The 4x optical zoom offers a bit more versatility in composing your shots when compare to the 3x zoom typically found on cameras of this size. The 35mm (equivalent) wide angle end of the zoom range works well for most indoor shooting as well as outdoor landscapes. The telephoto end is great for close-up photography, just don't expect to bring those distant subjects up close and personal. Overall, I noticed that this lens shows slight barrel distortion at full wide angle as well as moderate traces of purple fringing (aka Chromatic Aberrations) throughout the zoom range. Sony's Super SteadyShot OIS system is a great addition on these tiny models. This technology helps ensure that your handheld images will have little to no blur from camera shake. Personally, I feel this is a must have option on a camera this small, as it can be very hard to hold steady.
When shooting indoors or any dimly lit environment, you'll have to rely on the tiny built-in flash unit. Sony claims a maximum flash range of up to 14 feet at wide angle (ISO Auto). This is an average range for a camera in this class, just remember that the flash coverage will drop off significantly when you start using the telephoto capabilities or lower ISO settings. I found shooting from about 5-6 feet away produced the best results. The only issue I had indoors was the amount of Red-eye in our people photos. This was seen when we had the Red-eye reduction mode turned off. We chose to do this because the red-eye pre-flash does add about a half a second to the shutter lag time, which can cause you to miss spontaneous moments. Luckily there are also very effective in-camera editing options, like Red-eye correction. One of the many "cool" features on this camera is the Smile Shutter mode. This is a function that was introduced not too long ago, and seems to becoming more and more popular. You can choose three levels of sensitivity for Smile shutter, and I found that the medium (default) option worked very well. I was impressed at how fast the camera would fire once the subject smiled. Overall, this is a great and "stealthy" feature that will help you capture photos of those who always run from the camera. The T700 also controls the flash nicely for close-up photography, by throttling down the output to ensure your subject is not blown out (over exposed).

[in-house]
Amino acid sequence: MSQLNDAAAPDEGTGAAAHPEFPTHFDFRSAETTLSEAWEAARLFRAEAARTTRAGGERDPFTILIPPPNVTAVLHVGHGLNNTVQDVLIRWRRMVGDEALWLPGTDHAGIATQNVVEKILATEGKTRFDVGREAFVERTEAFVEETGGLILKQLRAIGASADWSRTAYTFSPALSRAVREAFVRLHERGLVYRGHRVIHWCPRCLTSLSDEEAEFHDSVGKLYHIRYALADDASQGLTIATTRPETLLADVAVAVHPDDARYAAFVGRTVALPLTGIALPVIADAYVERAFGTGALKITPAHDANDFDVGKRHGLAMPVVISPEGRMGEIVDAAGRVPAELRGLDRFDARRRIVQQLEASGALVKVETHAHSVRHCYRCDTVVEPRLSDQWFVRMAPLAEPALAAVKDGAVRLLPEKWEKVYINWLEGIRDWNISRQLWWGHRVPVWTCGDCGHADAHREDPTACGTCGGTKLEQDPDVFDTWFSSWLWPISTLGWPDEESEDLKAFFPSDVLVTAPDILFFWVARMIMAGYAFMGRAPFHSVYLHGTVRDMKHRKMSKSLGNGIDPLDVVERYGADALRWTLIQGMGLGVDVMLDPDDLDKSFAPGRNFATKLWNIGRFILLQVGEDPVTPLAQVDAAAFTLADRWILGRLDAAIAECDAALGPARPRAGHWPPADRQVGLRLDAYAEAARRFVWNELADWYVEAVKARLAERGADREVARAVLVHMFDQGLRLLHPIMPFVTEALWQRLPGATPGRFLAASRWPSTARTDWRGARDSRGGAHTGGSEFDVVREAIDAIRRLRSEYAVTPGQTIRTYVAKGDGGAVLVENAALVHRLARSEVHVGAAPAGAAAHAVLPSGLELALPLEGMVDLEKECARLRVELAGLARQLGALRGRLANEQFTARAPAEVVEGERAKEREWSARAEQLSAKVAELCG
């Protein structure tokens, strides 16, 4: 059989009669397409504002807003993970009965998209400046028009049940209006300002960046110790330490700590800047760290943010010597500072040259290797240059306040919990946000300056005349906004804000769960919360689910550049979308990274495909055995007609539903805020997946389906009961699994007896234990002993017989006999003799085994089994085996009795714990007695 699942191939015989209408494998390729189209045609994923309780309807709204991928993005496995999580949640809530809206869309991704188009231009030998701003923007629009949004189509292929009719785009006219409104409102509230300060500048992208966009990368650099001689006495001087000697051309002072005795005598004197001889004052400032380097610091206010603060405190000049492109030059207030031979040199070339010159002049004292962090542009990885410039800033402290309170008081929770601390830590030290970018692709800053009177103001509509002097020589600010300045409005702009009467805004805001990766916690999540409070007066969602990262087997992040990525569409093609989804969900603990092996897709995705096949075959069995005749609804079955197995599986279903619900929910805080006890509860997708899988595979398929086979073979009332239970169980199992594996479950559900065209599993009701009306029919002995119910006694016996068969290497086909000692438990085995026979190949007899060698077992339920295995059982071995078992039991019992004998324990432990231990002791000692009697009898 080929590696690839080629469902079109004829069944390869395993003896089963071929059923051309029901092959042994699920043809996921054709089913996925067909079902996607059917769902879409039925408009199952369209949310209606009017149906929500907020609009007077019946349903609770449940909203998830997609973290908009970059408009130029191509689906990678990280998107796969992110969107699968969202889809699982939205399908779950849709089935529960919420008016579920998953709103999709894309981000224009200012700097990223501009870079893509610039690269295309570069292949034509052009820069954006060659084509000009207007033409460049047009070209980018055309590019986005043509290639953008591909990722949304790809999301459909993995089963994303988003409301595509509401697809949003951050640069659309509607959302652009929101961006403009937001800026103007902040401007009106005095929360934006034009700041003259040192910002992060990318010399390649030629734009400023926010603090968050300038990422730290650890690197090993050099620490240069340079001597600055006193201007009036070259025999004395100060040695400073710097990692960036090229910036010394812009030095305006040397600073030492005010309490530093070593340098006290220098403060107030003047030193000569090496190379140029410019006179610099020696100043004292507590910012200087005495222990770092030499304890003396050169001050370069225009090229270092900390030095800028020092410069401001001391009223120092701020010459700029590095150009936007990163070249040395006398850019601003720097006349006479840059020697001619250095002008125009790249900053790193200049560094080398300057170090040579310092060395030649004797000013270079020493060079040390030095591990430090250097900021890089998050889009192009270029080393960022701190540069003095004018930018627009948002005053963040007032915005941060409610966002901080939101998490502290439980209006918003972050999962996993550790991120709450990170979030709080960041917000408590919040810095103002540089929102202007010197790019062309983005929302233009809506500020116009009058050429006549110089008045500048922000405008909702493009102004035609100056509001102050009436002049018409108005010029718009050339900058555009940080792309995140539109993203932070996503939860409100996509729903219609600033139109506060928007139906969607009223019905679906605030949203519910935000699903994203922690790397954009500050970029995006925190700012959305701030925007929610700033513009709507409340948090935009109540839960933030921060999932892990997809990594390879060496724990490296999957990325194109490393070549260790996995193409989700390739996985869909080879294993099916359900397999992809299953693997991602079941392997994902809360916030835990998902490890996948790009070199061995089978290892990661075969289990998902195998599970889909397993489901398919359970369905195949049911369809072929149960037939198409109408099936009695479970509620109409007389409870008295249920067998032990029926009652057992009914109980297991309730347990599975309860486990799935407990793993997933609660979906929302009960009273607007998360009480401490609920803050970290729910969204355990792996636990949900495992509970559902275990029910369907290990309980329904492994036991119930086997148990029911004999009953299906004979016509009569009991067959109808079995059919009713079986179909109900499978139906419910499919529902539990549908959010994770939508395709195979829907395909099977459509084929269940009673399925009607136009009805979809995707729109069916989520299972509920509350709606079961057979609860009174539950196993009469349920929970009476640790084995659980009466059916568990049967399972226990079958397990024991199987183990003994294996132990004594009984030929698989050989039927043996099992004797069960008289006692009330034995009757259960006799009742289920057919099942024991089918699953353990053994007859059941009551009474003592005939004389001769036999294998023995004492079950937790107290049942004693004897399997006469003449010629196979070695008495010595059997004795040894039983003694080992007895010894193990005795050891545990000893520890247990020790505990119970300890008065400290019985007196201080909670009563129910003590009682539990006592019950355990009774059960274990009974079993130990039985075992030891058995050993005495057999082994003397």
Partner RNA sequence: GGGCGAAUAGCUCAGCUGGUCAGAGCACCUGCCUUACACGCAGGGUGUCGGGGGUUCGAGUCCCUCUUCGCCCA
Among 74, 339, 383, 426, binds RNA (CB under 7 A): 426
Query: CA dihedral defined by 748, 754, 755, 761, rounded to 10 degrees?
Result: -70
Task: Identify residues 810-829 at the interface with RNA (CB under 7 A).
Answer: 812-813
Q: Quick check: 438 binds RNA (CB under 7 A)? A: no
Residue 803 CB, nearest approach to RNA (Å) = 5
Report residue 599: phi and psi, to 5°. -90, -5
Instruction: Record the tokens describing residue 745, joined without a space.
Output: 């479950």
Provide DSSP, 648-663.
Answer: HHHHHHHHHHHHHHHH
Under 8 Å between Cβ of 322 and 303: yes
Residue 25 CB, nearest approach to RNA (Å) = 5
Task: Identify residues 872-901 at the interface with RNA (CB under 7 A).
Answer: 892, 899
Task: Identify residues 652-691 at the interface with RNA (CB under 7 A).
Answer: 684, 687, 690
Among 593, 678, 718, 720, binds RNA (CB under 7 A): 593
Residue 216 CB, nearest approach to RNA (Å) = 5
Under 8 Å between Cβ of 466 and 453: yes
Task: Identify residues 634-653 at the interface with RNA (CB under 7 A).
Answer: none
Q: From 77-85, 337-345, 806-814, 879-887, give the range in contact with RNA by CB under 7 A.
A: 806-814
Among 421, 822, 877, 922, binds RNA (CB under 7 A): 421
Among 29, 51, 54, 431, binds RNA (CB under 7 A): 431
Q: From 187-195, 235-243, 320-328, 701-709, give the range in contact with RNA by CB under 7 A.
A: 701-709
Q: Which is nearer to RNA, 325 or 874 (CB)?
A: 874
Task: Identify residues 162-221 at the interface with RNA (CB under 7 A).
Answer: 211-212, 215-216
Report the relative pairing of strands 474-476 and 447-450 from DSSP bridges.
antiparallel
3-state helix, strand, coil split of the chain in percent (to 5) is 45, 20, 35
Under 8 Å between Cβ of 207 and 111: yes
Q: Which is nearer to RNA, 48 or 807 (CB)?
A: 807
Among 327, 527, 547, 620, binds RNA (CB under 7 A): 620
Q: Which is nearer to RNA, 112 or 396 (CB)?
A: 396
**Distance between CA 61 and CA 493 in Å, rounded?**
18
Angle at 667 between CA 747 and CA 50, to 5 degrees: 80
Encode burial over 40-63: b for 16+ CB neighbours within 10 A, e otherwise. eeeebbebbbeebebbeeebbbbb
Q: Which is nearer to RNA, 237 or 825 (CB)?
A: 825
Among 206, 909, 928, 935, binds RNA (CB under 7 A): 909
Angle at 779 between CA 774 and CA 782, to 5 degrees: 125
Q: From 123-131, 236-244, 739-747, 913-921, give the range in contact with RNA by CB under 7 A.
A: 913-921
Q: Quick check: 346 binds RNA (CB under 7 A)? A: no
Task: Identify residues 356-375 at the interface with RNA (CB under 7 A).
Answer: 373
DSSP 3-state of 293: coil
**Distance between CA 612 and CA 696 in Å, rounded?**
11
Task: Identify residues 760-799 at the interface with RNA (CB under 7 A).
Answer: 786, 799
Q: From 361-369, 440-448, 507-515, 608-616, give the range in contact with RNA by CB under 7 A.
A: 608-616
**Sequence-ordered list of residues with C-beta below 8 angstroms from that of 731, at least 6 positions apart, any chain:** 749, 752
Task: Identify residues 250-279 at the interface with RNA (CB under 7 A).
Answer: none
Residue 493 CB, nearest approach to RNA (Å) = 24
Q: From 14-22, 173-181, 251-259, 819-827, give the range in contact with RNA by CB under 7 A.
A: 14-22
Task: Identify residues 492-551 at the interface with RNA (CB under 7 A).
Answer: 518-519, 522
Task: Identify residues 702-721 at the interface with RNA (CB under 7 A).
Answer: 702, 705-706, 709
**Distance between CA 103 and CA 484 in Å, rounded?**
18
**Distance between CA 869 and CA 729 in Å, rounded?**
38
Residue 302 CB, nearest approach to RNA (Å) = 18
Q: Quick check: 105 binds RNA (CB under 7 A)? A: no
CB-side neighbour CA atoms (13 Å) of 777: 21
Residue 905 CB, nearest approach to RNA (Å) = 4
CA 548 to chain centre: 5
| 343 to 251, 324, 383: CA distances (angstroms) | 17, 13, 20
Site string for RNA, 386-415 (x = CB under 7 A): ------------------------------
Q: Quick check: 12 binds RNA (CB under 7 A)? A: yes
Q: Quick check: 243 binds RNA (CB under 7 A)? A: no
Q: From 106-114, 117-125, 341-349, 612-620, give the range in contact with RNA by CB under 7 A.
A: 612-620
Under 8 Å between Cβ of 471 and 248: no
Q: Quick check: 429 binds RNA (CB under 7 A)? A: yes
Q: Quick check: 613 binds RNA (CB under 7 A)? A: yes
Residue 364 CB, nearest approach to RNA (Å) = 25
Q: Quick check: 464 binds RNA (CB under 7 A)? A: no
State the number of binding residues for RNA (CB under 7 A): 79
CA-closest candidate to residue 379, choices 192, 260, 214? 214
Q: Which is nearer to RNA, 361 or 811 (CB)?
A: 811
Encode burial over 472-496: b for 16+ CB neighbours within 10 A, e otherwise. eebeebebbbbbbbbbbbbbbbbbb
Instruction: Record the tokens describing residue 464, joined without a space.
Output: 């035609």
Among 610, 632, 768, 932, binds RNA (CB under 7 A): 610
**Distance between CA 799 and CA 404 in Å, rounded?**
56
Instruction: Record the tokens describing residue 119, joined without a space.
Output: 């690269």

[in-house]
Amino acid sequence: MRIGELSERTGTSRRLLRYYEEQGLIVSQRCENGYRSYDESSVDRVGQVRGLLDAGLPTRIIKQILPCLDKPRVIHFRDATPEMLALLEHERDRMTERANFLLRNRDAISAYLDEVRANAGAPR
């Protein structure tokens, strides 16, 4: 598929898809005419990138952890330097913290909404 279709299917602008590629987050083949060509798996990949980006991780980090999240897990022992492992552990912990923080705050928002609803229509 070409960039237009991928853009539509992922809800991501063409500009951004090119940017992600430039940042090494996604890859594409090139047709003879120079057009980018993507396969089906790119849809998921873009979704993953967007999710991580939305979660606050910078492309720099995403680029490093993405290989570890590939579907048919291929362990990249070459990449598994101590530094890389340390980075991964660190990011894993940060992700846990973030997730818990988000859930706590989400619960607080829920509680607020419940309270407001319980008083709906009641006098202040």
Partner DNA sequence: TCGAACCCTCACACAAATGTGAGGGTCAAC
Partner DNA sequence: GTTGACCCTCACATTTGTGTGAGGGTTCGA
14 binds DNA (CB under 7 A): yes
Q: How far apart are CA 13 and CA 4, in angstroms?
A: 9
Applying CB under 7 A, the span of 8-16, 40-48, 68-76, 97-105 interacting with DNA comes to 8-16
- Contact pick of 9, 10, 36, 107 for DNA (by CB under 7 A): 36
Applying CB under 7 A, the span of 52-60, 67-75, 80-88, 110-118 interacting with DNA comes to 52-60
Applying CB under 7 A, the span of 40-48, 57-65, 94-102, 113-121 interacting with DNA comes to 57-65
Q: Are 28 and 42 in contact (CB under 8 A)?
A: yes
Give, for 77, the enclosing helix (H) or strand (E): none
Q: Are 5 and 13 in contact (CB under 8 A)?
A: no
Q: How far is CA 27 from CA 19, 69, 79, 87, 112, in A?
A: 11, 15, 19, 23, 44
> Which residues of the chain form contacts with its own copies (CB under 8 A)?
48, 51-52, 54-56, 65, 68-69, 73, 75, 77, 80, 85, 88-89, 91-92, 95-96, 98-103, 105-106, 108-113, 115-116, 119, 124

Image noise is something that you deal with on any digital camera, especially consumer models. Like all cameras, as you increase the sensitivity, the amount of noise you are going to see will also increase. While reviewing our M&M shots, I found the Sony handles noise well at ISO 400 and below. Even the 800 settings looks relatively usable for small to mid sized prints. However, the 1600 and 3200 options look horrible in my opinion, and I don't really see how they could be of much use. Luckily, the T700's Auto ISO mode does a great job of keeping the sensitivity as low as possible. So, unless you manually set the camera to these extreme settings, I don't think you'll have many problems with image noise. You can see for yourself by looking at our examples on the Samples page.
The T700 offers the same movie options that we have seen from Cyber-shot models for sometime now. You have the option to record in VX Fine (640x480), Fine (640x480), and 320 (320x240) resolutions. When using the 4GB of internal memory, you can record VX Fine movies without any problems. However, if you are using a memory card, a Memory Stick Duo Pro card is still required to use the VX Fine movie mode. One feature that is not common on digicams is the ability to use the full range of the zoom while recording. Overall, the T700 can capture nice smooth video. It even does very well in low lighting, like our indoor sample, with minimal grain when you consider the shooting environment.
Powering the T700 is a Sony NP-BD1 3.6v 680 mAh InfoLITHIUM rechargeable battery. This unit is charged in the handy AC charger that is included with the camera, which features fold-away prongs. Sony claims this pack can power the camera for up to 200 images on a full charge. I was able to capture about 75 images, several short movie clips, and conclude all of our other tests with power to spare. I highly recommend you purchase a second pack to keep charged and ready at all times, especially since you can be charging one pack while using the other.
Bottom line - the latest "Top Dog" in Sony's "T" series camera line, the Cyber-shot DSC-T700 is an awesome ultra-compact. This is a Fast camera that can capture beautiful images, all the while being as compact and stylish as they come. Like we saw on the T77, the "cool" touchscreen worked great, and is sure to impress your friends. There were very few annoyances with this camera, but with an MSRP of $399 the T700 is expensive. However, I feel the larger 3.5-inch LCD and the fact that you don't have to buy Any memory cards for this camera help bring that price into a considerable range. If you love the features of this camera, but don't really need the built-in memory or a 3.5-inch LCD, be sure to check out our review of the Sony Cyber-shot DSC-T77. It offers just about all of the same features as the T700, is quite a bit smaller, and can be had for about $100 less.